How to increase circulation to the feet

Updated February 21, 2017

If you are experiencing tingling, pain or cold feet, your may have decreased blood circulation. Elderly individuals or diabetics often experience poor circulation problems in their feet. It is important to maintain healthy feet and blood flow through your body. When you lose circulation, it may cause extensive irreversible damage, such as nerve damage or problems walking. There are several methods you can try to increase circulation to your feet, to keep these problems at bay.

Wear the proper foot attire. Loose-fitting socks assist in blood flow to your feet. Wearing tight socks, especially around the ankles, constricts the blood. In addition, dress in appropriate shoes. Your toes should not push against the top or front of the shoe. The sides of the shoe will feel snug, but you must have breathing room for your blood to circulate properly.

Follow a proper diet to increase your blood circulation. Begin a low-sodium, low-fat diet. According to the Heart Failure Society of America (HFSA), a low-sodium regimen includes between 2,000 mg to 3,000 mg daily. Roughly, 1 teaspoon equals 2,300 mg of salt. According to The Cleveland Clinic Foundation, on a 2,000-calorie daily diet, consume less than 77 grams of fat. Augment it with plenty of fibre--approximately 23 grams for women and 35 grams for men daily. In addition to food consumption, drink plenty of water--roughly eight 236ml glasses a day.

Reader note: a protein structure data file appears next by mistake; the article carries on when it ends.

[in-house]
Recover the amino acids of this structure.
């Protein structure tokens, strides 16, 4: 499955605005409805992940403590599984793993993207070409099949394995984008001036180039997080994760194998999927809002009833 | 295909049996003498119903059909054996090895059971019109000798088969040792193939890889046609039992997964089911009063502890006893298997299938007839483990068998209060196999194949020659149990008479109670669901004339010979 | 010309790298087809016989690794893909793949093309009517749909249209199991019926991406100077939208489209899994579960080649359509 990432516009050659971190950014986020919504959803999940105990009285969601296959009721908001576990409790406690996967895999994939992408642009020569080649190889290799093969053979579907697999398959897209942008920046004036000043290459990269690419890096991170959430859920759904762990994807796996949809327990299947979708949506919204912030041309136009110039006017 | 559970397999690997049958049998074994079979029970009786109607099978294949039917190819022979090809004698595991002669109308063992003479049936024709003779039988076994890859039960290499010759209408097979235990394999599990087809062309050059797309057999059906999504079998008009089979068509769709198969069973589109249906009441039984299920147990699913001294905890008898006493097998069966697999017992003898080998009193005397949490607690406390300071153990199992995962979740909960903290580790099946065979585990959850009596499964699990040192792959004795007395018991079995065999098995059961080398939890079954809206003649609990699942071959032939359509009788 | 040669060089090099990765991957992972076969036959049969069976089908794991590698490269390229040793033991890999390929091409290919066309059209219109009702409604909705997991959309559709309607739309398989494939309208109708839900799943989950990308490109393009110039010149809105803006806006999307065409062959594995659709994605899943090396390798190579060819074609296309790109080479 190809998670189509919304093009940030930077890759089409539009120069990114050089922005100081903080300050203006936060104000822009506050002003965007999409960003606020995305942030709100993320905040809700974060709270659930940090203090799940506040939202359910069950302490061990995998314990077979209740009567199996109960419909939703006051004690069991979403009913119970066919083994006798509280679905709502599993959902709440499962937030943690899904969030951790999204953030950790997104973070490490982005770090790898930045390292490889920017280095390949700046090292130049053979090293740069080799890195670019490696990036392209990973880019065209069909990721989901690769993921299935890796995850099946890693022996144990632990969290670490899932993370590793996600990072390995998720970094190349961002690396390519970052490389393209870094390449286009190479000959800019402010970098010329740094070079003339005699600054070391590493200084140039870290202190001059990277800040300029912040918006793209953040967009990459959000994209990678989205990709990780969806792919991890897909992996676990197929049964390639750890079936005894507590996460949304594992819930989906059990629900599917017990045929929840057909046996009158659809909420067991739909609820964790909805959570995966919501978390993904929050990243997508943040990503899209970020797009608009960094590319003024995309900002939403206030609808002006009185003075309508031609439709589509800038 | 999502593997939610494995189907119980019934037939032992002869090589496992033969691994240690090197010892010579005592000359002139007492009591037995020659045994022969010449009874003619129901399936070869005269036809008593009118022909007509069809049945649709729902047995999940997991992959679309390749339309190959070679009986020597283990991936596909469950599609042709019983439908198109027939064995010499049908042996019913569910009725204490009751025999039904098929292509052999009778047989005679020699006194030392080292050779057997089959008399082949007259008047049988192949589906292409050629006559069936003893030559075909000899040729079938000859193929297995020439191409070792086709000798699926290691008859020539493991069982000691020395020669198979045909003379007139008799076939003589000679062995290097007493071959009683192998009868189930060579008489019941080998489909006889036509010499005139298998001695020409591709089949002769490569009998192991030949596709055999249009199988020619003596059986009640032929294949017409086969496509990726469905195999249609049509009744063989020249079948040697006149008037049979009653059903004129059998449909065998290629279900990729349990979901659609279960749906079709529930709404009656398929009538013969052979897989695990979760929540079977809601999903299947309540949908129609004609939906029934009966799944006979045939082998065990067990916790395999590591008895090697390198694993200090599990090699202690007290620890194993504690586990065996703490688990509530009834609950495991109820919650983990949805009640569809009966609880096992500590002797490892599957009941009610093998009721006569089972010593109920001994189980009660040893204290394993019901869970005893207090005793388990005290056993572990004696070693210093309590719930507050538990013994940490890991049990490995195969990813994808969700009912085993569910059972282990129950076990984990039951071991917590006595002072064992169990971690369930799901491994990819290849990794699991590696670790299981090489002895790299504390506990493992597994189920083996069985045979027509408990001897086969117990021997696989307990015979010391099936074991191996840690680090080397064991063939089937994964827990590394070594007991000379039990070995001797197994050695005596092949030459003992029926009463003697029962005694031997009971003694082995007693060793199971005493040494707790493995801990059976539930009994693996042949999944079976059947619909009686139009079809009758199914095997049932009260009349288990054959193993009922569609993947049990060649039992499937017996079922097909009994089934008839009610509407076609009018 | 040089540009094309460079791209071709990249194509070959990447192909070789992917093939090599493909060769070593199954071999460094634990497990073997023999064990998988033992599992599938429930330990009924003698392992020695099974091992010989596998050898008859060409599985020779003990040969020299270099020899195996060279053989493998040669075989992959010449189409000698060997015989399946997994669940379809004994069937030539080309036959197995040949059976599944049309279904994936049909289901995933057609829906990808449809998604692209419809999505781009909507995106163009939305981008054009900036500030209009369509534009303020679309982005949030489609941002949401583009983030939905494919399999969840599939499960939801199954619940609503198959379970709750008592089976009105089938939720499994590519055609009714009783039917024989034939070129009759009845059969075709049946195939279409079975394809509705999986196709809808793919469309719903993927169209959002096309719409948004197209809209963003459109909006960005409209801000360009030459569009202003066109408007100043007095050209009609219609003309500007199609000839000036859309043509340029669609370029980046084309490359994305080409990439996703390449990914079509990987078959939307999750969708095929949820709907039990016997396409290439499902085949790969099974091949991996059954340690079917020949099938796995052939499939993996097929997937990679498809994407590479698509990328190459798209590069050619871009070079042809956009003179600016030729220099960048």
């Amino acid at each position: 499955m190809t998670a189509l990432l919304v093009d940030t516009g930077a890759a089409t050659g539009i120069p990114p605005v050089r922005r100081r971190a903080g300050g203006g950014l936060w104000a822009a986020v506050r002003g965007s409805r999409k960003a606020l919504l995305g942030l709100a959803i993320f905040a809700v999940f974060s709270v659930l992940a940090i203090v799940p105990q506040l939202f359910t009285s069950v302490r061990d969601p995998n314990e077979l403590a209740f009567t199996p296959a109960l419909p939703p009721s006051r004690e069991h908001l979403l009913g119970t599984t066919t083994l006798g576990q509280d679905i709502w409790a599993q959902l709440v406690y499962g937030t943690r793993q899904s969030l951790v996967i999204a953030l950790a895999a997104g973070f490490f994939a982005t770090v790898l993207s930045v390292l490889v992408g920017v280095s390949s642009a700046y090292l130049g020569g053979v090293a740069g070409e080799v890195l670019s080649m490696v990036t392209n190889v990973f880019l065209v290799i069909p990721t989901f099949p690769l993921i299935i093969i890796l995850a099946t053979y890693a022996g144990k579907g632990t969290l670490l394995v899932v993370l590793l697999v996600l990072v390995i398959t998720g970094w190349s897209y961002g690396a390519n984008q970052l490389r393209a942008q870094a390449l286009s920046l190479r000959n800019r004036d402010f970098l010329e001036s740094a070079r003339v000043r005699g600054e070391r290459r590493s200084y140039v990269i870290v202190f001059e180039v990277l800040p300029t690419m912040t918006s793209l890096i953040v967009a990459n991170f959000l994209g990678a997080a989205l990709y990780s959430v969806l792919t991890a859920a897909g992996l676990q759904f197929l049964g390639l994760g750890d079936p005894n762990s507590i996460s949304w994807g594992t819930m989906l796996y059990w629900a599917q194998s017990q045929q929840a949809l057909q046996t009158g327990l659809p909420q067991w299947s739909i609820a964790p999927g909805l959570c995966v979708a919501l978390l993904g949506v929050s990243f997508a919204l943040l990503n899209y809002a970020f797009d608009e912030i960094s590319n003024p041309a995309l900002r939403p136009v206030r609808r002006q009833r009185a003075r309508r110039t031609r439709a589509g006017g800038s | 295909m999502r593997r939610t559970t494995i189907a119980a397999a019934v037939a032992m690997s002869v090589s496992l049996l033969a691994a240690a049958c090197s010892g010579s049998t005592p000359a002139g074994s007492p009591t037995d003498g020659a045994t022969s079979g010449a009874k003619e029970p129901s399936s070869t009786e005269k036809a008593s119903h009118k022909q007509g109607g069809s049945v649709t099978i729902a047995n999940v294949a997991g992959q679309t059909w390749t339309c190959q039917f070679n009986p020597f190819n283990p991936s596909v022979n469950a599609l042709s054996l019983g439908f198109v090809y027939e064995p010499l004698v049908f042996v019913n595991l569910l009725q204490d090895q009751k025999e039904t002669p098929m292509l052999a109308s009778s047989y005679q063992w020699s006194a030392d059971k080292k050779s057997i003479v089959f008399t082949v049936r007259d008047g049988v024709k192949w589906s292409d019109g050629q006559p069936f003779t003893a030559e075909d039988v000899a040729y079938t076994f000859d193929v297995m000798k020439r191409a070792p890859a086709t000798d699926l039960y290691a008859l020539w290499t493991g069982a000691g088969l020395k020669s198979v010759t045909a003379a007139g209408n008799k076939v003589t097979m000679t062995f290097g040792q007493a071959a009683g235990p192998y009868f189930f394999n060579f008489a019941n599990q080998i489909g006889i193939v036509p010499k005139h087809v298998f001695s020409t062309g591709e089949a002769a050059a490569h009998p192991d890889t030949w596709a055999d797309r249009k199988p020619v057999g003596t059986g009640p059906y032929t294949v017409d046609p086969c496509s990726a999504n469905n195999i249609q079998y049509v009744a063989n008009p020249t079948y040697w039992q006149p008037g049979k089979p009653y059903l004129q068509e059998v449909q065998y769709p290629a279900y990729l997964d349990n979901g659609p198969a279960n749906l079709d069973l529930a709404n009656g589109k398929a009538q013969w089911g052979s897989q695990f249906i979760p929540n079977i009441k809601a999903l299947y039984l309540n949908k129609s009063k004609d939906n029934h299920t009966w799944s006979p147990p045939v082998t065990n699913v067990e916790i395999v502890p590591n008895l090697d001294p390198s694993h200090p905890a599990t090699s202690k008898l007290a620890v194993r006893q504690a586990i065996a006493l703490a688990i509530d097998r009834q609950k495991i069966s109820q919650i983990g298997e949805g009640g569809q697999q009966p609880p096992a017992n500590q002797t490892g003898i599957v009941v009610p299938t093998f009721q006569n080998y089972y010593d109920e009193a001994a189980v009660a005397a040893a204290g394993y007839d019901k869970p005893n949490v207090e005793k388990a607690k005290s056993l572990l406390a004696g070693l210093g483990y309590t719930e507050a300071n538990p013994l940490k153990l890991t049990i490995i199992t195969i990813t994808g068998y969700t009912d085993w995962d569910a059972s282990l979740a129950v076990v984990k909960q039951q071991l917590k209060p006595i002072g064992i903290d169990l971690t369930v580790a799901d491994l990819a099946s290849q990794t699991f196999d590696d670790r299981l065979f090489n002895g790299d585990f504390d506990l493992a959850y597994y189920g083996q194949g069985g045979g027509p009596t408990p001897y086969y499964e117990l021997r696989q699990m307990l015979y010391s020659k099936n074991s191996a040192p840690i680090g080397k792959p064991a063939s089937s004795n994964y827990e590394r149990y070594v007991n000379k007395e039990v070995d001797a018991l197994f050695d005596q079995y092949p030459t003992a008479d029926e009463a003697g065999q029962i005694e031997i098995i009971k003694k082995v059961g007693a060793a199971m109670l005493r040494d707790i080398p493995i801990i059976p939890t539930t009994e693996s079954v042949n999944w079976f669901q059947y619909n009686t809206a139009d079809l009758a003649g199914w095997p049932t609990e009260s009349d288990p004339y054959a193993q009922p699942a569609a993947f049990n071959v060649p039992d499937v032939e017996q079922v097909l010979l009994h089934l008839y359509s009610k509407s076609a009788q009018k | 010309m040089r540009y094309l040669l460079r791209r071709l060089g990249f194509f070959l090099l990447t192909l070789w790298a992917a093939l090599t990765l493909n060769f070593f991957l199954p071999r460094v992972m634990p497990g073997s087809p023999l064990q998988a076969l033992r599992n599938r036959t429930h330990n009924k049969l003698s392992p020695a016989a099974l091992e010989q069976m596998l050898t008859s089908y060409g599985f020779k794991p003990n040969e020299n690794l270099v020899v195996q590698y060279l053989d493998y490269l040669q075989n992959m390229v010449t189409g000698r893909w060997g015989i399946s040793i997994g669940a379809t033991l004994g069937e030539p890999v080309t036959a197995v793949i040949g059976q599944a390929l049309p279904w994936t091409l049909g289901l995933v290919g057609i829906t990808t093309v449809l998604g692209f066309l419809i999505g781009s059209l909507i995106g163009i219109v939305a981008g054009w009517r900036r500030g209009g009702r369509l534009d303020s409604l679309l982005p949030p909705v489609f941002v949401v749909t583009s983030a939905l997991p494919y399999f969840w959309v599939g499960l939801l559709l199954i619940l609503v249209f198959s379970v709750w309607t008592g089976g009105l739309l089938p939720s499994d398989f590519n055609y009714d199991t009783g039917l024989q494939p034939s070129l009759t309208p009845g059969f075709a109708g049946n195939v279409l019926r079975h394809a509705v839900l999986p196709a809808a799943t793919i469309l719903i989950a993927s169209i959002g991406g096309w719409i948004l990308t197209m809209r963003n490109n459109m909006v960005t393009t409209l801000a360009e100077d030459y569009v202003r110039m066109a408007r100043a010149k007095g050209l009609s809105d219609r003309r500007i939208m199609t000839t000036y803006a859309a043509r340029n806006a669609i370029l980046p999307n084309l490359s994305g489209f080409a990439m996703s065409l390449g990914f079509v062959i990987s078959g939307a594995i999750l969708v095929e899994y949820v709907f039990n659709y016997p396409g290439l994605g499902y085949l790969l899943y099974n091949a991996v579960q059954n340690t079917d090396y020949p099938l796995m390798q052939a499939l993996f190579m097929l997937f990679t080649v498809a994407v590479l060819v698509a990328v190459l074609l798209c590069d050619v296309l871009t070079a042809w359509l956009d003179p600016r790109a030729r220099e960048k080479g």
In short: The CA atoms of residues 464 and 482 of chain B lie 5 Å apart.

Increase physical activity to boost your circulation. According to the American Heart Association, daily exercise increases blood flow and helps lower the risks of heart disease and diabetes. Walk, jog or do housework 30 minutes to an hour a day to enhance your circulation.

Exercise your feet. Movement helps your blood circulate. Simple foot exercises once a day can assist. Sit in a chair and place your feet flat on the floor. With one foot at a time, raise the foot in the air with your heel stationary on the floor. Continue to move your foot in various directions with your heel remaining still. For example, start with your toes pointed down and move your foot to the left and then right. Repeat five times for each exercise.

Elevate your feet twice a day, especially after standing for a long period. Place two or three firm pillows under your ankles. Lay your head flat on the sofa or bed.

Accept a foot massage. This will help you relieve stress. In addition, it will artificially circulate the blood flow in your feet. Obtain a massage at least once a week, more often if possible.

Quit smoking. According to Vein Directory, smoking can cause an abundance of cholesterol in your body, as well as firm arteries. Once the arteries become hard, they restrict blood flow. Thus, the blood flow in your body has a difficult time reaching your feet. Consider your options when thinking about quitting. You doctor can prescribe tablets to assist you. Other resources include over-the-counter medications, as well as smoking support groups.


See a health care professional if your circulation is beginning to decrease rapidly. This is a sign of a serious condition and you need help immediately. Always consult a doctor before beginning an exercise or diet plan. Depending on your current medication or condition, she may offer a solution to your dietary and exercise requirements.

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